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My Turn: A silent approach to prayer

By Gary C. Hauze
What if you had a fifth-grade boy who came home from school and said: “Today the teacher told us she was going to read from a holy book and I thought she was going to read from the Bible. But she read something I never heard before. Then, she asked us to pray with her and said, ‘O mother earth, we pray to you …’ ” As a parent you would be very upset and most likely would contact the school principal or a school board member. Eventually, you might learn that the teacher was a pagan, a follower of Wicca, and that steps were being taken to deal with her.
Or suppose you lived in Salt Lake City, Utah, or other places where Mormons are a majority, dominating most political positions, many workplaces and institutions. You might be regularly proselytized by missionaries and other members of the Church of Jesus Christ, Latter Day Saints. Mormons are not Christians, yet they are not a cult per se; however, they have strange practices and they are secretive. Mormonism is a relatively new world religion with unique American roots. My denomination has a college in Salt Lake City, and I had an aunt who before her death was a Mormon.
Or what if you lived in Bridgeport, Conn., where Rev. Sun Myung Moon bought a struggling college and many Moonies, members of the so-called Unification Church, flocked there? Suppose that the Moonies influenced your community, promoted their syncretistic religion openly, seeking converts to the cult? Gradually, you became alarmed as they sought offices in city government. In this scenario, if they had been successful in power seeking, it is possible that they would have insisted that prayers be offered in the name of a “god” of their own making. Mr. Moon, who is a billionaire entrepreneur (second largest exporter of Korean goods and owner of the largest sushi restaurants in the U.S.) and founder of the Moonies, is famous for holding mass weddings. Through one of his many fronts in Connecticut, he bought Bridgeport University, which the Moonies still control. In his 90s, he still believes that he is the “savior” of the world.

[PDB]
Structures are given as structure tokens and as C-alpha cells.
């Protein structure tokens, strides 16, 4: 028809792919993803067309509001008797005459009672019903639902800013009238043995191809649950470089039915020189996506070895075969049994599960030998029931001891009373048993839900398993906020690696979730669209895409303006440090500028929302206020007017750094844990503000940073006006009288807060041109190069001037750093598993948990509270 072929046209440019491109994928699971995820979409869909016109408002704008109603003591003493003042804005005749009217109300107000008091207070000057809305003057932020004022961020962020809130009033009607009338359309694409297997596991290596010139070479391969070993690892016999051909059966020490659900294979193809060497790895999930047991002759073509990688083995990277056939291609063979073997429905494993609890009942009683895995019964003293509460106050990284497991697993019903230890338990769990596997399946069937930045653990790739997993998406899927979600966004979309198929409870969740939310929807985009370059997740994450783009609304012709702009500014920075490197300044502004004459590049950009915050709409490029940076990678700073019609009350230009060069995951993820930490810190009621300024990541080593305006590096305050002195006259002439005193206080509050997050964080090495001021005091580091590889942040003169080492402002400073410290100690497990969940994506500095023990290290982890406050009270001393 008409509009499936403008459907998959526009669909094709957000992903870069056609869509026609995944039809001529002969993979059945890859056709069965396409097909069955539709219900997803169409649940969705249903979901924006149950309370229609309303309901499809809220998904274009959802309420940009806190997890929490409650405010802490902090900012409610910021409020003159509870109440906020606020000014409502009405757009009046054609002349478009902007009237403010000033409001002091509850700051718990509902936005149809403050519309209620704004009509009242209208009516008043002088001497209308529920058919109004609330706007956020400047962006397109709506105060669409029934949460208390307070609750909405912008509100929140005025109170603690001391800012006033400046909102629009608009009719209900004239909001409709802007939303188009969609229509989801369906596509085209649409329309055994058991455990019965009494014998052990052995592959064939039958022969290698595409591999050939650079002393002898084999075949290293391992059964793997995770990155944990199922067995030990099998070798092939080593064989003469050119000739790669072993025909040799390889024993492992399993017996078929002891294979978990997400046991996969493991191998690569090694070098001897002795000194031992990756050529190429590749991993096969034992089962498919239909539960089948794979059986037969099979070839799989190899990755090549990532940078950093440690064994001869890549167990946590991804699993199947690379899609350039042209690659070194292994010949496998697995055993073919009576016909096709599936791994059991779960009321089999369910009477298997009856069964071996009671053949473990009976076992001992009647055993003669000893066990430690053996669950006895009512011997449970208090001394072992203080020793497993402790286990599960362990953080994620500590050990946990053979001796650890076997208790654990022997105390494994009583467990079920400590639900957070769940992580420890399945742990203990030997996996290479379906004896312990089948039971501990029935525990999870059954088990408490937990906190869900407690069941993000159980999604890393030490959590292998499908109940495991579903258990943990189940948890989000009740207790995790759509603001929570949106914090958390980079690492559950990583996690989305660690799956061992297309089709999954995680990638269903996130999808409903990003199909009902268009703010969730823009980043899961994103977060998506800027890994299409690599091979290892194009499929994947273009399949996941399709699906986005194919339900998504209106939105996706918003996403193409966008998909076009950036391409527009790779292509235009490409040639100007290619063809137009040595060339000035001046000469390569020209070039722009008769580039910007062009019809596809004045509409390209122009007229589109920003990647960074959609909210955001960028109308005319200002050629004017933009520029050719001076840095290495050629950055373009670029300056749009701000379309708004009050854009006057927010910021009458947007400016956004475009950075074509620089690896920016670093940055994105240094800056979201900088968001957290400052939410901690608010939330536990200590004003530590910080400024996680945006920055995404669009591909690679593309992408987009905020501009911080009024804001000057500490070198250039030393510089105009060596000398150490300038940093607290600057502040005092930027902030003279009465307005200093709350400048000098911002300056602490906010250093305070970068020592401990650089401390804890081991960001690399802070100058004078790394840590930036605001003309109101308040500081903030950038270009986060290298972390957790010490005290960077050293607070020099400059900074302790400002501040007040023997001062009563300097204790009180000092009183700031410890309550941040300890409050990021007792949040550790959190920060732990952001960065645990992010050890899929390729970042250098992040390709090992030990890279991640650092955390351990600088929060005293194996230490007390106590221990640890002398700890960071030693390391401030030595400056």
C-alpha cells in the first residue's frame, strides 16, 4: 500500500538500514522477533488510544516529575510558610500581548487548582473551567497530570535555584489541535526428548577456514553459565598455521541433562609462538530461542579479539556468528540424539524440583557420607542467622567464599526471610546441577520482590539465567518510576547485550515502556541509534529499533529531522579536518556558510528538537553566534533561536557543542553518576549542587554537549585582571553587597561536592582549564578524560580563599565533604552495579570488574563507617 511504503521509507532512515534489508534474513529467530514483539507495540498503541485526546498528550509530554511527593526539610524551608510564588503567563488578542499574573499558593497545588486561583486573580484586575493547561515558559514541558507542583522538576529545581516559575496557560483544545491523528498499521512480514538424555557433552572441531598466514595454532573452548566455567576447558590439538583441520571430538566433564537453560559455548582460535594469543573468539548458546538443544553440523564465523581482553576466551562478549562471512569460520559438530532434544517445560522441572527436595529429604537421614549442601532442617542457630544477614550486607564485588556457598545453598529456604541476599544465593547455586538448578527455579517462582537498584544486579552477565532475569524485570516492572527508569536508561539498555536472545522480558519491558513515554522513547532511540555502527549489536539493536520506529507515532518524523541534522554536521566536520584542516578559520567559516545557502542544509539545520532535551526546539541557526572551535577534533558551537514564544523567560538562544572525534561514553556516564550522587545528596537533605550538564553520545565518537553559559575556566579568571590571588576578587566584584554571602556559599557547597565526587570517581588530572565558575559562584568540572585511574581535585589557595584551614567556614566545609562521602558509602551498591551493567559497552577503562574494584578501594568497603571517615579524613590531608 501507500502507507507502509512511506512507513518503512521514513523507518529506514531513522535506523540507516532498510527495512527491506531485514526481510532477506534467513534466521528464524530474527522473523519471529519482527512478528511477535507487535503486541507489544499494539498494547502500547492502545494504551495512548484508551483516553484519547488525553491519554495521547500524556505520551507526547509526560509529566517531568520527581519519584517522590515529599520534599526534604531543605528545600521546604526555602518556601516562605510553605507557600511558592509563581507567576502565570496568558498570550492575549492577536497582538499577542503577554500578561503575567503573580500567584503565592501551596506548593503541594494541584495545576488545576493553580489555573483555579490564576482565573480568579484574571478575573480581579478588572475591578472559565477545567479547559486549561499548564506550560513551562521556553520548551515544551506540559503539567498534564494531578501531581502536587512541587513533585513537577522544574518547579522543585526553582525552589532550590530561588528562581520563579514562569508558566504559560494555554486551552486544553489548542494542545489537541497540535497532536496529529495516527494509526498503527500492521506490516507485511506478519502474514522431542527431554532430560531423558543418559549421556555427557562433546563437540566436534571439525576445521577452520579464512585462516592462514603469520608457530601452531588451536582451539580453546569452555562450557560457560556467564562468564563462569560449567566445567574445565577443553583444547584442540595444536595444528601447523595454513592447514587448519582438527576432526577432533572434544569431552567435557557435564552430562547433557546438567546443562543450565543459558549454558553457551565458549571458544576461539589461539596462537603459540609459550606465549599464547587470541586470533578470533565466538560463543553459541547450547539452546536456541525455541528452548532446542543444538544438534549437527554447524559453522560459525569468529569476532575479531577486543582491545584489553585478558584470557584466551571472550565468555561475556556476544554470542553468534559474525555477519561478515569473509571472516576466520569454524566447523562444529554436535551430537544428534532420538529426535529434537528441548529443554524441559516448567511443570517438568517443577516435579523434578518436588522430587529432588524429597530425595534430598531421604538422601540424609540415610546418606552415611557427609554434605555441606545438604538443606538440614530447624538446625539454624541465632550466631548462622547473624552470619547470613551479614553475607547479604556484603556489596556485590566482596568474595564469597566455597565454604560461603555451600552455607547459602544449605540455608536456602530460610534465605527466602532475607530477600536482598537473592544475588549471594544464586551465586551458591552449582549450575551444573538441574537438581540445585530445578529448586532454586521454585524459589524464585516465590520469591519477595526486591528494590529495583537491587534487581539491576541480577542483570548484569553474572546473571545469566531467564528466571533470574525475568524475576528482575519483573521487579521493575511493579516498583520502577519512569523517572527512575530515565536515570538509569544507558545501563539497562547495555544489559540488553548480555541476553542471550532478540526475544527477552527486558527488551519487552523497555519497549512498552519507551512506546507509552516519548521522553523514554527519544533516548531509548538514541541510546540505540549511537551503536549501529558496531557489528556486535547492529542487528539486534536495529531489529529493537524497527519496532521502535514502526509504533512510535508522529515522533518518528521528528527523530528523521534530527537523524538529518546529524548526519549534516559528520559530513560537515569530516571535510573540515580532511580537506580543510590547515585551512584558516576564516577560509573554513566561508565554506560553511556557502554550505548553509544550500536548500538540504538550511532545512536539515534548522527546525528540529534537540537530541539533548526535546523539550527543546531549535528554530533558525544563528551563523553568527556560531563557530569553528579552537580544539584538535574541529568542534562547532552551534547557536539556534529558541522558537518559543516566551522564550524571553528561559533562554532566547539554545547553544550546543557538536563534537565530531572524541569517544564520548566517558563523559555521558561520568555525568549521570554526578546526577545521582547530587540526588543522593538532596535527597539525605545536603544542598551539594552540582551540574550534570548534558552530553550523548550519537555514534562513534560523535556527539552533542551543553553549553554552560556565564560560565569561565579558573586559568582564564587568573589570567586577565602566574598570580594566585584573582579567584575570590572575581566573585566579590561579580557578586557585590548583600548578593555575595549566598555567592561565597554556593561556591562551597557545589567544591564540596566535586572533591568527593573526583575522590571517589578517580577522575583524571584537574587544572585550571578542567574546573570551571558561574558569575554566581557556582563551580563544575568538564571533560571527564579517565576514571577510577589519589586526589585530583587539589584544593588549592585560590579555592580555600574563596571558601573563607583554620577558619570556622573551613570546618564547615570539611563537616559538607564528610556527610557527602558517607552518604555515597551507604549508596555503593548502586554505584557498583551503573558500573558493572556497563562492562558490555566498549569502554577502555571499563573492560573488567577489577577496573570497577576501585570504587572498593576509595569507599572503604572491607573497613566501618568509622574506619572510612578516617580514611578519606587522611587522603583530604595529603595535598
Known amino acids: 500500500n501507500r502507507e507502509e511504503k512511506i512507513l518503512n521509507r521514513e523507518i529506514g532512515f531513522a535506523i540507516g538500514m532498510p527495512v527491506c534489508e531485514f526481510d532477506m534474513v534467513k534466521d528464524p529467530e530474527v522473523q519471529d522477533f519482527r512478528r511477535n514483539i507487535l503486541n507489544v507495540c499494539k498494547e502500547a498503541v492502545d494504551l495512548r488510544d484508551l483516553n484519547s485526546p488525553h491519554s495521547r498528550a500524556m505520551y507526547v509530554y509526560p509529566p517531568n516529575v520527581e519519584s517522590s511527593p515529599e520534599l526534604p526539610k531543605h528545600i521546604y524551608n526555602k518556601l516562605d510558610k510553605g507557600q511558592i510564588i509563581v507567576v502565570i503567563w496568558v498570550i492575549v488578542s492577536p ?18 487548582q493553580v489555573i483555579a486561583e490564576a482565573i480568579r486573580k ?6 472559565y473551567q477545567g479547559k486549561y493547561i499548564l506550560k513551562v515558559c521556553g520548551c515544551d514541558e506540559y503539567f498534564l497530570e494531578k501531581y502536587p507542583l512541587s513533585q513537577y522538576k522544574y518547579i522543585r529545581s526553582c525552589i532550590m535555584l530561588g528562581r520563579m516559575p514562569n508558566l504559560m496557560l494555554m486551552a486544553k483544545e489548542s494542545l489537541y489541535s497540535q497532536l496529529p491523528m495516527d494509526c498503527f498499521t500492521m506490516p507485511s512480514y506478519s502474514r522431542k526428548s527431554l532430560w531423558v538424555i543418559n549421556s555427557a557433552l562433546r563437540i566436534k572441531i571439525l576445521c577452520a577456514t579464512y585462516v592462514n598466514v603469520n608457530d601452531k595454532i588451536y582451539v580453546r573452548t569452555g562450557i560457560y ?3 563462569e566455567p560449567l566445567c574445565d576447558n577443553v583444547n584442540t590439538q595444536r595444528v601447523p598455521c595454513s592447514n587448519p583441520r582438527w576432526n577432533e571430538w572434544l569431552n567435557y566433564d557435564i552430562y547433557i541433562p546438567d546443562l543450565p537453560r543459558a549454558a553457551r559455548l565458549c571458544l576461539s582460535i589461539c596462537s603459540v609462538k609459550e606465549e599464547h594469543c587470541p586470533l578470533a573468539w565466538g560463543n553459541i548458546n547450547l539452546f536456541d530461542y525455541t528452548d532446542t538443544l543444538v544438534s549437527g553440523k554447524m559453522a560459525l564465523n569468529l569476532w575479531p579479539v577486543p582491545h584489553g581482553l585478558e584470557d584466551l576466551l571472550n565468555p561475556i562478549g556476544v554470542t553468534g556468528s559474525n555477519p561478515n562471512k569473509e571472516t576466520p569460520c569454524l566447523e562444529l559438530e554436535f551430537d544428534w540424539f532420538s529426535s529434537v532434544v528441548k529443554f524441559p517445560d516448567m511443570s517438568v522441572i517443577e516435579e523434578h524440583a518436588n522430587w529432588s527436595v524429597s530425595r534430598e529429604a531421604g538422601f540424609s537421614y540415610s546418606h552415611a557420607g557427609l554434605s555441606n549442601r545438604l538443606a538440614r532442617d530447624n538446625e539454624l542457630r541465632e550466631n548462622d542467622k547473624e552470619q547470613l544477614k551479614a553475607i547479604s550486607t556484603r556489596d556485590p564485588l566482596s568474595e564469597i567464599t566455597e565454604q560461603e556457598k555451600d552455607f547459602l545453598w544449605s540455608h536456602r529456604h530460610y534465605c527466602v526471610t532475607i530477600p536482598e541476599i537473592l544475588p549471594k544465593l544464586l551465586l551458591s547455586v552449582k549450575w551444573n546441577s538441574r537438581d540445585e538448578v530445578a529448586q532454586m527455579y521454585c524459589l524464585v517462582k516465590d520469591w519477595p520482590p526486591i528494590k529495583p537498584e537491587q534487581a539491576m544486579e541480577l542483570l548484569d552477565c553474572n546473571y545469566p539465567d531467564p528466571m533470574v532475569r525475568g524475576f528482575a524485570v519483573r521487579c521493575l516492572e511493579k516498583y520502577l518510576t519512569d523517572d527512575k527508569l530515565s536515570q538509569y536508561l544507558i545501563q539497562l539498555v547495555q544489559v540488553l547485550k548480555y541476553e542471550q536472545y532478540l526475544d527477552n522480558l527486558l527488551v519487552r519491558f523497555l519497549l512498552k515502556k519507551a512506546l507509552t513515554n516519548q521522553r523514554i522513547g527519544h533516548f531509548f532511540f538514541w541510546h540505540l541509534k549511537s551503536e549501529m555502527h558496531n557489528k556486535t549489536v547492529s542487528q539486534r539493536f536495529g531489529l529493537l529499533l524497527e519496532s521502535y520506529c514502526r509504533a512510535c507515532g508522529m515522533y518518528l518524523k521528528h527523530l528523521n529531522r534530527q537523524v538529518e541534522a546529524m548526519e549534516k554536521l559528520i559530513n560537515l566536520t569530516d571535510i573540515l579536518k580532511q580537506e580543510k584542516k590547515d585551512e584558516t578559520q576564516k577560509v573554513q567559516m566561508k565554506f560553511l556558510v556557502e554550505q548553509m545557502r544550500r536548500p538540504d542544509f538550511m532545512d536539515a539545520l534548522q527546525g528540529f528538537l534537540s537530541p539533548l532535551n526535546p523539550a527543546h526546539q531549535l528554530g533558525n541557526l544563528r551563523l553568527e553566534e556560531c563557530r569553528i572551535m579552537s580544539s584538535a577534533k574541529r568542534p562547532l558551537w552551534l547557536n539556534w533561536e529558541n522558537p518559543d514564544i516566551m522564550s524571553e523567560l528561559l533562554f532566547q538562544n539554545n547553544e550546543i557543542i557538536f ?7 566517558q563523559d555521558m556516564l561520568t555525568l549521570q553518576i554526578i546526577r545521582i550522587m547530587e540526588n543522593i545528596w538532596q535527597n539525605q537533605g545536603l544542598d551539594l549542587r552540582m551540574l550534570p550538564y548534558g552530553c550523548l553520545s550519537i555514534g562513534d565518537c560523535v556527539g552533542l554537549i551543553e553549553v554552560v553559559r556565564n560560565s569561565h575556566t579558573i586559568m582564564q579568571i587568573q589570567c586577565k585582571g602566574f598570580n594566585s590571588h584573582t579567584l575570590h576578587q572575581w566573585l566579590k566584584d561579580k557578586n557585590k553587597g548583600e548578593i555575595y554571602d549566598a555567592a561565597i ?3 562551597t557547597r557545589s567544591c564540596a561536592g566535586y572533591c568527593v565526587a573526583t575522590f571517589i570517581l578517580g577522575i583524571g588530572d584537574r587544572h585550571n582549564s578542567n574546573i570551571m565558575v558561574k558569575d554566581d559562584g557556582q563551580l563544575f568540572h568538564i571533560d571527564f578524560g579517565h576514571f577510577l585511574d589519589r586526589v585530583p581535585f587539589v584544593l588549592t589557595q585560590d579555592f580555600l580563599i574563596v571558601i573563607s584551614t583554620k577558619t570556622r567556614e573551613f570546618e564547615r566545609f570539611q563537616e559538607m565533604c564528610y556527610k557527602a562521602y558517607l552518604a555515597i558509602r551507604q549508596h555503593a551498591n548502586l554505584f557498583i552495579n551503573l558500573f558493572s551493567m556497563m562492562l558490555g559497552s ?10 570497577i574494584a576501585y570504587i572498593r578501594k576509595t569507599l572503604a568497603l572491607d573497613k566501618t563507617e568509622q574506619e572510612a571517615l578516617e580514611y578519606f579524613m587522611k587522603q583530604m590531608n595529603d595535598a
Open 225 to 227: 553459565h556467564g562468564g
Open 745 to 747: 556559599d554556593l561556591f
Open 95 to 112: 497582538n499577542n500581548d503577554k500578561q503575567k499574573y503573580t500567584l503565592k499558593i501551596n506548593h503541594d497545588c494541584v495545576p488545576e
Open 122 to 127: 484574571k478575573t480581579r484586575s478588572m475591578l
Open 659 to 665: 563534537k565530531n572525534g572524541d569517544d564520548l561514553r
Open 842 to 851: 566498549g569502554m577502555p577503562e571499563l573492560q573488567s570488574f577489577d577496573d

I read and reflected on the un-American behavior of our Rowan County Board of Commissioners and other fellow Christians who came out to the Presidents’ Day meeting and this past Monday’s meeting. These misguided believers think it is proper to pray in Jesus’ name out loud at public meetings. I disagree, and I think that most other Christians and persons of other faiths who together are in the “silent majority” would agree with me. Freedom of religion has to be coupled with freedom from religion for our religious liberties to be protected. The father of our country wrote a letter to the Touro Synagogue (founded by Jews who were immigrants originally from Portugal and Spain) in Newport, R.I., to guarantee the members of that congregation precisely that protection. In this paragraph, President George Washington’s words (written in 1790) ring the bell of such freedom:
“The Citizens of the United States of America have the right to applaud themselves for having given to mankind examples of an enlarged and liberal policy: a policy worthy of imitation. All possess alike liberty of conscience and immunities of citizenship. It is now no more that toleration is spoken of, as it was by the indulgence of one class of people, that another enjoyed the exercise of their inherent national gifts. For happily the Government of the United States, which gives bigotry no sanction, to persecution no assistance requires only that they who live under its protection should demean themselves as good citizens, in giving it on all occasions their effectual support.”
In his concluding sentence the president wrote: “May the father of all mercies scatter light and not darkness in our paths, and make us all in our several vocations useful here, and in his own due time and way everlastingly happy.”
Praying by Christians, Jews, Mormons, Muslims and others in public is possible — but it should be done silently. Beginning my 47th year of preaching this summer, here I stand on this principle.
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Gary C. Hauze is a retired minister (United Church of Christ) who lives in Salisbury.

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